You died April 1st. I’m thinking you either planned it that way so we could all have a chuckle or it was fate’s hand that dealt that date for you to pass on to the other side. It’s been six months and there’s not a day, an hour or a minute that I’m not thinking about you. Sometimes I feel like I’ve even convinced myself that you’re on a trip somewhere and will return within days. Like you’re some kind of spy or something; which you’re not, are you? I feel that you’re with me sometimes, a real presence. I’ve felt you hold my hand and gently kiss my cheek. Hence the idea that you’re still alive.
Your death has been the worst thing I’ve ever dealt with in my life. Not that I’ve had the most disturbing life on earth but I’ve had some ups and downs. But nothing compares to this, this emptiness inside me. For so many years we were one, one unit it seemed. And we worked well together, my ying to your yang. We fought, sure, like most couples. But our love and respect for one another was always paramount.
Our children miss you every day. I sometimes feel their pain when they’re with me. Sometimes it’s hard to know if that pain is for me or for the fact that you’ve passed on. They do worry about me, I know that. They do their best to lift me up and help me deal with such a huge loss, with you leaving this earth.
So, we’re coming up to Christmas, your favorite time of year. How you loved getting the best tree and hanging the lights on that tree as though you were a designer dressing your favorite model. You always took your time to make the most of those lights. And then you’d spend hours in the dark with them on, just relaxing and admiring your handiwork. That was such a precious moment. That and Christmas morning. How I loved our Christmases together, getting up before the children on Christmas day and sitting by the tree, having our coffee, anticipating our children’s glee as they discovered the pile of toys and gifts left by Santa. I loved the smell of you cooking up a feast in the kitchen – bacon, sausages, hash browns, eggs and toast and pots of coffee – while they played quietly with their new toys. Even as teenagers we would wake them up and gather around the tree to share in the joys. I wish I could go back and soak it all in again.
And then as adults, to have had our infant grandson with us was the icing on the cake. How that little boy took in all of the glory of Christmas morning. And as he grew it became more and more about tradition. Each Christmas would follow the other. To be honest, there wasn’t anything too special about them, not to someone maybe looking in. But to us, Christmas was the most wonderful and glorious day we shared together. You’ll no longer be stringing the lights or making the coffee or playing with your grandson. This year we’ll think of you, think of all the love you gave us, how you loved your family with all your heart and soul. This year you’ll be the angel on top of the tree.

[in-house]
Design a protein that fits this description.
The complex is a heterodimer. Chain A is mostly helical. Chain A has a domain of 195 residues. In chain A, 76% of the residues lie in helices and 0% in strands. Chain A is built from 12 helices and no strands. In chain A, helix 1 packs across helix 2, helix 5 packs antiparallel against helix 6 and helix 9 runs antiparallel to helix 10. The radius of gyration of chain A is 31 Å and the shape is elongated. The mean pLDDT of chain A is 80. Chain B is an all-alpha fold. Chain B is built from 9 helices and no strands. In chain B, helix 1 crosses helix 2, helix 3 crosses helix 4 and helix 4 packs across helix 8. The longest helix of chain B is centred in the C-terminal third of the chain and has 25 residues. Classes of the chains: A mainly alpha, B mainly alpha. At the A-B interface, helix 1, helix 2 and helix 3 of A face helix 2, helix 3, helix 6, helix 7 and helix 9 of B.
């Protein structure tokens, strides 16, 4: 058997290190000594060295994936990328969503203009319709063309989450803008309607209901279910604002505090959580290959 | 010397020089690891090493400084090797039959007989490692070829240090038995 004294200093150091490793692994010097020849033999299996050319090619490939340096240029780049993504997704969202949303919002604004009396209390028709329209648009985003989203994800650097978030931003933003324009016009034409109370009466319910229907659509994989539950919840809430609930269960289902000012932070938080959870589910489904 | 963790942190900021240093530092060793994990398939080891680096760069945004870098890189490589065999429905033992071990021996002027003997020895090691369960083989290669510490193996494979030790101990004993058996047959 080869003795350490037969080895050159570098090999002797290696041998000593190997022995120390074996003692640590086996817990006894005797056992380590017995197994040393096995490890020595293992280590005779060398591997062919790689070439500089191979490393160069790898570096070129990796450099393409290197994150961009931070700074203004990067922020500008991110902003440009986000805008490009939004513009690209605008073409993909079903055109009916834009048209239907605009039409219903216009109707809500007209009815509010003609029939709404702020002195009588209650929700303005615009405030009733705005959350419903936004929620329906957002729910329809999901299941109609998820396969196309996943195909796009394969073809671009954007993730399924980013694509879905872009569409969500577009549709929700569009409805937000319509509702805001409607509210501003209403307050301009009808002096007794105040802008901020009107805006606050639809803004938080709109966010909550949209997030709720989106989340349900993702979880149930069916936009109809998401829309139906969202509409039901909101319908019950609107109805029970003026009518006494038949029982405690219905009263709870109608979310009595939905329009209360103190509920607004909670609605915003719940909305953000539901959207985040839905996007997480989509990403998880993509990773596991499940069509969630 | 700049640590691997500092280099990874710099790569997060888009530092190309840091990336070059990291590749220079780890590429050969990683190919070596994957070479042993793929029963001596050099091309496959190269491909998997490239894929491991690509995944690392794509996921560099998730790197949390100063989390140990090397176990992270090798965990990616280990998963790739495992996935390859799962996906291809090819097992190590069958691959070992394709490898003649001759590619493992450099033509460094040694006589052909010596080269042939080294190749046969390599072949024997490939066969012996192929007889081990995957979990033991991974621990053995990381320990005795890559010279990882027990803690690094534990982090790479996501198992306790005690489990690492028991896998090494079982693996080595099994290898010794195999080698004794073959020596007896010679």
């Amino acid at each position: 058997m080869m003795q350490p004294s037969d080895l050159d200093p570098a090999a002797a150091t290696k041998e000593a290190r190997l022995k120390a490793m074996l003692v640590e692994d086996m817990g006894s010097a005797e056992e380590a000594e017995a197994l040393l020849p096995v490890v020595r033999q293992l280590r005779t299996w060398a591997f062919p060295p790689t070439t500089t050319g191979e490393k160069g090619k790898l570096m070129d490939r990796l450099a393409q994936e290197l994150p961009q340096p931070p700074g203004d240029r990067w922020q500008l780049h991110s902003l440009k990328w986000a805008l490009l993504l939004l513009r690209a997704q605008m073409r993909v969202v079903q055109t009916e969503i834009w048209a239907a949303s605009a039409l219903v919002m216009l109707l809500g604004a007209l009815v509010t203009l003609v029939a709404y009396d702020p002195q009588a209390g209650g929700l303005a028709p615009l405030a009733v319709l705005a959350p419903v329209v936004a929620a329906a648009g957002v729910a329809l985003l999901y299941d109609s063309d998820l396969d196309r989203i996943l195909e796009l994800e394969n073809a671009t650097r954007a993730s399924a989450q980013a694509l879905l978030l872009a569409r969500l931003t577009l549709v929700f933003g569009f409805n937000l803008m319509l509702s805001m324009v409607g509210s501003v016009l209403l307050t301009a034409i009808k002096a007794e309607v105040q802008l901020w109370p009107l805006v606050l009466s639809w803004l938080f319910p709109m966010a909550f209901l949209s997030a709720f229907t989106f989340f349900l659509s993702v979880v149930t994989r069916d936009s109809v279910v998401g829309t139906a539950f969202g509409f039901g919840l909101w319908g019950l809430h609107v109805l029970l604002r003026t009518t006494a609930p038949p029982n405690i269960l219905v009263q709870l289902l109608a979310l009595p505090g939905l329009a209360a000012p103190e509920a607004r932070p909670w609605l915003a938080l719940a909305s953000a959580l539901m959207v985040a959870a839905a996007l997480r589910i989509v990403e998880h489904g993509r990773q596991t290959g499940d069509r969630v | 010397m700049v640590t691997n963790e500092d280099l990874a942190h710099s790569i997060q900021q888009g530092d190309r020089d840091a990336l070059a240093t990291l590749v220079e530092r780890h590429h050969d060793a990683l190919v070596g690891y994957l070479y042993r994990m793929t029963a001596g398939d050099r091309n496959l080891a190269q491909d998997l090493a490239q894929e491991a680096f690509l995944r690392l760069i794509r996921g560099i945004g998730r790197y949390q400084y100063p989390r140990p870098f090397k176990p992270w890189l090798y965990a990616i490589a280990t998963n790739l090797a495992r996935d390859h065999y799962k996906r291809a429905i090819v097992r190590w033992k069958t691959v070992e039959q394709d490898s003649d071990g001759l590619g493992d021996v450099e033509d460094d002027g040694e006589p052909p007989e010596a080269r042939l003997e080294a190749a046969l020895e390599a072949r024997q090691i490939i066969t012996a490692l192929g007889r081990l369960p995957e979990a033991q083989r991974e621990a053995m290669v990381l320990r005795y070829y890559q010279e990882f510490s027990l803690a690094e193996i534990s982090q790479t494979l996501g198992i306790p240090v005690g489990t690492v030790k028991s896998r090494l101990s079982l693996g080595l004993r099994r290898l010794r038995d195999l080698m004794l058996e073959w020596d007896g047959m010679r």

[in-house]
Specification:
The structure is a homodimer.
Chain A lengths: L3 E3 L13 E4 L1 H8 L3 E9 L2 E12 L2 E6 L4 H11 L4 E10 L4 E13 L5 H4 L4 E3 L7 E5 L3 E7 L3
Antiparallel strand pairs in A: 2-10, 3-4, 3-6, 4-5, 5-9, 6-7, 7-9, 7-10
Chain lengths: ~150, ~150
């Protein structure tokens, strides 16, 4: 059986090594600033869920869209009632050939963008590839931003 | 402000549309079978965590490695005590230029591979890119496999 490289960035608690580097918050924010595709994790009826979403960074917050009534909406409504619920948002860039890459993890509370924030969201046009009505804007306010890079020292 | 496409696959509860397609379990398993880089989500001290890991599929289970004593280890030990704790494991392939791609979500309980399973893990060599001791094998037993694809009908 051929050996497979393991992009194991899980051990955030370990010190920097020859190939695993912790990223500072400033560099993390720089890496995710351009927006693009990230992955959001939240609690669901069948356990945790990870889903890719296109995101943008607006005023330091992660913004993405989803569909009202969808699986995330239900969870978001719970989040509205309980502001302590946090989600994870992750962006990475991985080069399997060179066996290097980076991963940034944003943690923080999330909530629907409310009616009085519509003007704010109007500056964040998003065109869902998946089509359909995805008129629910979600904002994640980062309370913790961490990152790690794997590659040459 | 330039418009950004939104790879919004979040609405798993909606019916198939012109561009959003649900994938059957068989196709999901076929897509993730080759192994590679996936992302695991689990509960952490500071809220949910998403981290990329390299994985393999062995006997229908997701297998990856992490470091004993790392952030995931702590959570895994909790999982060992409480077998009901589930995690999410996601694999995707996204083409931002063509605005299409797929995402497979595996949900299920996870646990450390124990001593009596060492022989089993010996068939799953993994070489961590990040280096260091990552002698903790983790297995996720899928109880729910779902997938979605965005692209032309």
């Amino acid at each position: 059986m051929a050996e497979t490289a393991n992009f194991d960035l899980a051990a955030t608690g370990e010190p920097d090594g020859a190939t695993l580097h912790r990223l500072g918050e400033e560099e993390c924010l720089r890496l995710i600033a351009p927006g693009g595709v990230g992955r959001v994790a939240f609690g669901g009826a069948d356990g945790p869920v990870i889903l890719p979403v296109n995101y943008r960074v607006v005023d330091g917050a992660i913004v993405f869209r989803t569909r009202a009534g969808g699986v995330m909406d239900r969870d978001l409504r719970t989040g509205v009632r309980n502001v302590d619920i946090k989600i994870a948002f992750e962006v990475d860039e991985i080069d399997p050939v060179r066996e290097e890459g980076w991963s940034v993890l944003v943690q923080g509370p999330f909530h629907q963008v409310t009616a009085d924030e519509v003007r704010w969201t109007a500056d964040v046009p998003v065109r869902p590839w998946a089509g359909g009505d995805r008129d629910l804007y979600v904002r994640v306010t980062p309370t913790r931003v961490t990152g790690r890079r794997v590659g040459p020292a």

Not long after you died I took it upon myself to plan a Christmas that wouldn’t be in our home. I knew for me it would be too hard, too many memories that would pop up again and again and I’d be brought to my knees with grief. So I rented two rooms at a hotel downtown so the children and I could feel like we were away somewhere. Anywhere but home, where those memories are so sharp and clear. We’ll walk around the city looking for Christmas, we’ll make new traditions and of course integrate our old ones too. But you’ll be gone, and it’ll be tough. I pray I’ll be able to get through it without feeling too sad or too angry or too alone.
I never imagined I’d be in this position, this place where I’m the maker of my own life, where I don’t rely on anyone to discuss what I’m going to do or be. I’m just here, still ever so slightly attached to you but also learning how to be on my own. So far it’s been difficult but I only hope you’ll guide me to new beginnings, like this special Christmas in the city. We’ll hope for some snow and lots of laughter. And you, the angel on the tree, will be in our hearts.
Your love will see us through.
Photos courtesy of Martha Farley – all rights reserved